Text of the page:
The Chamber of Digital Commerce has been officially conferred with Amici Curiae status in the Ripple vs. SEC class action.
Judge Analisa Torres has granted a request made by the Chamber of Digital Commerce to file an amicus curiae brief in the ongoing lawsuit between the Securities and Exchange Commission (SEC) and Ripple.
The decision was made yesterday after the court reviewed the Chamber of Digital Commerce’s request and the responses filed by the parties – Ripple and SEC.
“The Court has reviewed the request by the Chamber of Digital Commerce for leave to file an amicus curiae brief, ECF No. 632, and the parties’ responses, ECF Nos. 644, 646. Accordingly, the request is granted,” an excerpt of the order reads.
Following the order, the Chamber of Digital Commerce must officially file its brief on or before September 26, 2022.
The development was also announced by the Chamber of Digital Commerce on Twitter.
UPDATE: @SECGov v. @Ripple – Today the court approved our motion and shortly thereafter, @digitalchamber filed its brief with the court. It is the same brief that was attached as an exhibit to the motion filed last week. Thank you to @LilyaTessler & @SidleyLaw! #CryptoConundrum
— Chamber of Digital Commerce (@DigitalChamber) September 21, 2022
Easy Decision Following Parties’ Consent
It is noteworthy that Judge Torres did not have a tough time approving the request because both the SEC and Ripple did not object to the move.
However, in the SEC’s response to the Chamber’s request, the commission said it would require extra time and pages to file an opposition if another third party files an additional amici curiae brief.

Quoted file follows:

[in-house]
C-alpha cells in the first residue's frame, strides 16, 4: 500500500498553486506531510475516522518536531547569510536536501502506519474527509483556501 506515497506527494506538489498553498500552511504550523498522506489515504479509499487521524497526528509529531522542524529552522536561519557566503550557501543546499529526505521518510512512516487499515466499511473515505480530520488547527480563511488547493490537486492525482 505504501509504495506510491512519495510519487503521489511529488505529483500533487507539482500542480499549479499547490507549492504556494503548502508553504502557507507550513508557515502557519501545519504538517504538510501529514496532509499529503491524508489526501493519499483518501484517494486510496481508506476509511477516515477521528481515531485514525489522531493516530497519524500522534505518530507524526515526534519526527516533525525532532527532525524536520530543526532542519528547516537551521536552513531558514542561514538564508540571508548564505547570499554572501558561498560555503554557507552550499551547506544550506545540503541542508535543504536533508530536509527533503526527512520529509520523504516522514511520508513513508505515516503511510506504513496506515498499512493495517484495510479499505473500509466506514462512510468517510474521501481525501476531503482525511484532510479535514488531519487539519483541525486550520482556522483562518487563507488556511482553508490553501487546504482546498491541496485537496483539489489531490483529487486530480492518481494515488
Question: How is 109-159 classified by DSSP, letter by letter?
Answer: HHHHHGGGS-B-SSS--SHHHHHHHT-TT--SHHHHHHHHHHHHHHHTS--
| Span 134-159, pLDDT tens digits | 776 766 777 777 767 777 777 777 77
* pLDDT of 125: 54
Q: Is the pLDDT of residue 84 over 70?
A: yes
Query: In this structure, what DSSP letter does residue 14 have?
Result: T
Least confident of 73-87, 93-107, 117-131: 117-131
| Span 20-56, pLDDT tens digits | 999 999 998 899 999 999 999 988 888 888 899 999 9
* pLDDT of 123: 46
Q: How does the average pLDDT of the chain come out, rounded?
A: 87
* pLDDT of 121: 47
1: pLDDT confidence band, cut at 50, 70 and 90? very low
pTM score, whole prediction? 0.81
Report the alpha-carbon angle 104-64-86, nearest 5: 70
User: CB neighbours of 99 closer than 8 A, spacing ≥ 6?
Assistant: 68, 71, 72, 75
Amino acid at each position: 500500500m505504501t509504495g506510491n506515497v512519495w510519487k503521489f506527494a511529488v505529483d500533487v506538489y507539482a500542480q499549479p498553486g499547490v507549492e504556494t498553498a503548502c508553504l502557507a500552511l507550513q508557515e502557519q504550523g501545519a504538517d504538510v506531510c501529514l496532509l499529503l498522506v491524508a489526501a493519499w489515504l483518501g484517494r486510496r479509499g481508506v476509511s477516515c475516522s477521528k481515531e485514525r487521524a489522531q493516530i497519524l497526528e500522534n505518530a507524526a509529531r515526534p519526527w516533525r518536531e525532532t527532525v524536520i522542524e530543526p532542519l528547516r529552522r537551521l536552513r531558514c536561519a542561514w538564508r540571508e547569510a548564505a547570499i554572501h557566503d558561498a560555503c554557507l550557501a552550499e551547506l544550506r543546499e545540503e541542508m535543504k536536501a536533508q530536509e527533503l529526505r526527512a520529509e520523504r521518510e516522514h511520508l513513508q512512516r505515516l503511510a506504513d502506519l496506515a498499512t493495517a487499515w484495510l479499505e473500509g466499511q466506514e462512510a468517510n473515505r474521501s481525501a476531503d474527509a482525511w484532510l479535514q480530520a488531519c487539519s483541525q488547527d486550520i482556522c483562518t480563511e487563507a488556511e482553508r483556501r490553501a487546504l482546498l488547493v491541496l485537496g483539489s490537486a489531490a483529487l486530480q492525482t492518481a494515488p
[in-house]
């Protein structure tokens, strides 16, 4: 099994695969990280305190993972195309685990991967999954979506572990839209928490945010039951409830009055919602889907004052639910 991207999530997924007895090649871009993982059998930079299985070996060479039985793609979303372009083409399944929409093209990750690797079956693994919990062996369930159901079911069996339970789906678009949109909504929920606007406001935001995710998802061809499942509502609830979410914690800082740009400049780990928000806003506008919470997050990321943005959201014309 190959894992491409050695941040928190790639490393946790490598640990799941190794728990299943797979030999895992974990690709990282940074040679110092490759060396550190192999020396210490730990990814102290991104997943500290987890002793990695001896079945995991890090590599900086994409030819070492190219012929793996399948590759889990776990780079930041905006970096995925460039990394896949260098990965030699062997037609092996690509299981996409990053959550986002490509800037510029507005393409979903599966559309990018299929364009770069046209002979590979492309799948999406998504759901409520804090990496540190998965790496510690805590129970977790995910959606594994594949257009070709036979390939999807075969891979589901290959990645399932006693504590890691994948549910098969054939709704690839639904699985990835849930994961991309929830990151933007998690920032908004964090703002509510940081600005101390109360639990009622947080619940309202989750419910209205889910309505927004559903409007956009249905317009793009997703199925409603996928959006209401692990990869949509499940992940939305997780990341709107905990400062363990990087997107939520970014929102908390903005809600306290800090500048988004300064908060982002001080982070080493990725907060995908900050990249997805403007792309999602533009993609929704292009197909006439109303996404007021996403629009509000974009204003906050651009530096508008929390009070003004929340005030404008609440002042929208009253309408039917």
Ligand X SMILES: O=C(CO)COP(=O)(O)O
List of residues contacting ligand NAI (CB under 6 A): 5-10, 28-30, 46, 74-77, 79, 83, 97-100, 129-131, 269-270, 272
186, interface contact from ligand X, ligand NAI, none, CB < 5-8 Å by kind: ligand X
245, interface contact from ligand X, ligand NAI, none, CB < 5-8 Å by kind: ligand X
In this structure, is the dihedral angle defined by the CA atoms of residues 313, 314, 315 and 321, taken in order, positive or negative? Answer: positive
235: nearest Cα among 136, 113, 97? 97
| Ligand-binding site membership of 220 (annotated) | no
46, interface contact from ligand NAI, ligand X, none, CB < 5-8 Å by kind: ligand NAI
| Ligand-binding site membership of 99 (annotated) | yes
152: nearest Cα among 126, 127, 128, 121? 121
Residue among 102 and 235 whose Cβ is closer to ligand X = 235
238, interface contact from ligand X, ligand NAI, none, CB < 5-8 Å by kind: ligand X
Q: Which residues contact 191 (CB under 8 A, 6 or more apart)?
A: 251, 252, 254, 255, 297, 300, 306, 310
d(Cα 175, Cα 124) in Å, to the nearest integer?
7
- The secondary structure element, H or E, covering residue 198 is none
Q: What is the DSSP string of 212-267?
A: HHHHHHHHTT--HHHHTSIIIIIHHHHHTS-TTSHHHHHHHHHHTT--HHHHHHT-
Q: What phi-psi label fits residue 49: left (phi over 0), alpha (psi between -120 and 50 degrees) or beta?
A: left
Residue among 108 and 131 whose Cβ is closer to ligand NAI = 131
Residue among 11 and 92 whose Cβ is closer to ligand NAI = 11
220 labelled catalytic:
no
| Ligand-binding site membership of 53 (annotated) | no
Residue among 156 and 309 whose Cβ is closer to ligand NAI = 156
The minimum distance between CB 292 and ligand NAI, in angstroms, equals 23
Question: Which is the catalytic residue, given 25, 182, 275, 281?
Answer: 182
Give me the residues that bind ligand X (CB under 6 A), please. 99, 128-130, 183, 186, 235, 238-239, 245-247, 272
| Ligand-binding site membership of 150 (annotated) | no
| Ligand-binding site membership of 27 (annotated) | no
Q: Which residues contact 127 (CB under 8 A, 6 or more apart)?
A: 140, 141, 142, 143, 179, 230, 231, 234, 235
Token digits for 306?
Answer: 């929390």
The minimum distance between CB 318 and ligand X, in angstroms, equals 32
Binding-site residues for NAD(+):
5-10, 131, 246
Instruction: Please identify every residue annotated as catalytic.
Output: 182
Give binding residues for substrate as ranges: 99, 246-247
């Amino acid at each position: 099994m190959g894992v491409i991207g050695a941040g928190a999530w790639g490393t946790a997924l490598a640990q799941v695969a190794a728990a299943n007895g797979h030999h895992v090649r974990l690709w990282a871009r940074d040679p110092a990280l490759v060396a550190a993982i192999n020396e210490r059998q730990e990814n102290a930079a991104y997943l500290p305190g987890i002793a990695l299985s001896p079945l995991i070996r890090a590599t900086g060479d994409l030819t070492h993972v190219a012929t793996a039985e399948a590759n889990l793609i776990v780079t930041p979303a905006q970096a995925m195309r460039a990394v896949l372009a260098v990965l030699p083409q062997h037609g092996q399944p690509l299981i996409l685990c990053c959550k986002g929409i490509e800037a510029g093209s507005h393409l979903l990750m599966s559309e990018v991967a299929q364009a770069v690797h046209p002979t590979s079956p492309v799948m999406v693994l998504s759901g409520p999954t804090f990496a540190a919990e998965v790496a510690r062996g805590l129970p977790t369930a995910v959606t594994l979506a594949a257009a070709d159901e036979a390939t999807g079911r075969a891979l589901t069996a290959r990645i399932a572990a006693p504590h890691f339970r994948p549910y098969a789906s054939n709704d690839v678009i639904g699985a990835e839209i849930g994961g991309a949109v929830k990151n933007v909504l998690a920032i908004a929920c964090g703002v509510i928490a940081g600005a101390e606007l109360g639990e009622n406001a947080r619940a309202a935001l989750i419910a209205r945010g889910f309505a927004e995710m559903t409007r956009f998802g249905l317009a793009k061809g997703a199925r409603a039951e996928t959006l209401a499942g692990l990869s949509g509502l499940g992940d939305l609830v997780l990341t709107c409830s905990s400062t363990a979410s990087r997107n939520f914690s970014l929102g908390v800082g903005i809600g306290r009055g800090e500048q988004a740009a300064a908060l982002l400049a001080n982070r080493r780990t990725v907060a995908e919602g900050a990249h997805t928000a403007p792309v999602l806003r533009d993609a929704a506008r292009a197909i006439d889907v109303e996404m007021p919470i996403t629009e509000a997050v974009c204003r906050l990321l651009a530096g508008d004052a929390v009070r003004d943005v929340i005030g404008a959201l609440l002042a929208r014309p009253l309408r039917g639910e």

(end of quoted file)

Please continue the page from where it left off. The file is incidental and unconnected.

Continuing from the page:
This suggestion did not go down well with Ripple. The Silicon Valley tech company believes the suggestion is a plot by the SEC to further delay the lawsuit’s outcome. Thus, asking the court to reject the SEC’s demand or allocate the same number of pages to the company.
Court Approves Another Motion to Curb Further Delays
Meanwhile, Judge Torres also approved a recent motion jointly filed by Ripple and the SEC. The motion seeks to ensure that all sealing motions by third parties should be due by December 9, 2022, while all oppositions will also be due by December 22, 2022.
The move is to prevent any further delay in the lawsuit’s outcome. Former U.S. federal defense lawyer James K. Filan made this known yesterday on Twitter.
Motion granted. Any motions to seal by third-parties are due by December 9, 2022, and any oppositions to those motions are due by December 22, 2022.
— James K. Filan 🇺🇸🇮🇪 113k (beware of imposters) (@FilanLaw) September 21, 2022
Attorney Deaton Predicts Date of Lawsuit’s Conclusion
Meanwhile, the lawsuit has taken a huge toll on XRP investors, who have seen the value of their holdings decline by a large margin. Since it became known that Ripple would be charged by the SEC for allegedly violating U.S. securities law, the price of XRP has plunged from an all-time high of $3.4 to a paltry $0.4.
Following a massive dip in XRP price, investors are eager to see the lawsuit come to an end in Ripple’s favor.
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The Crypto Basic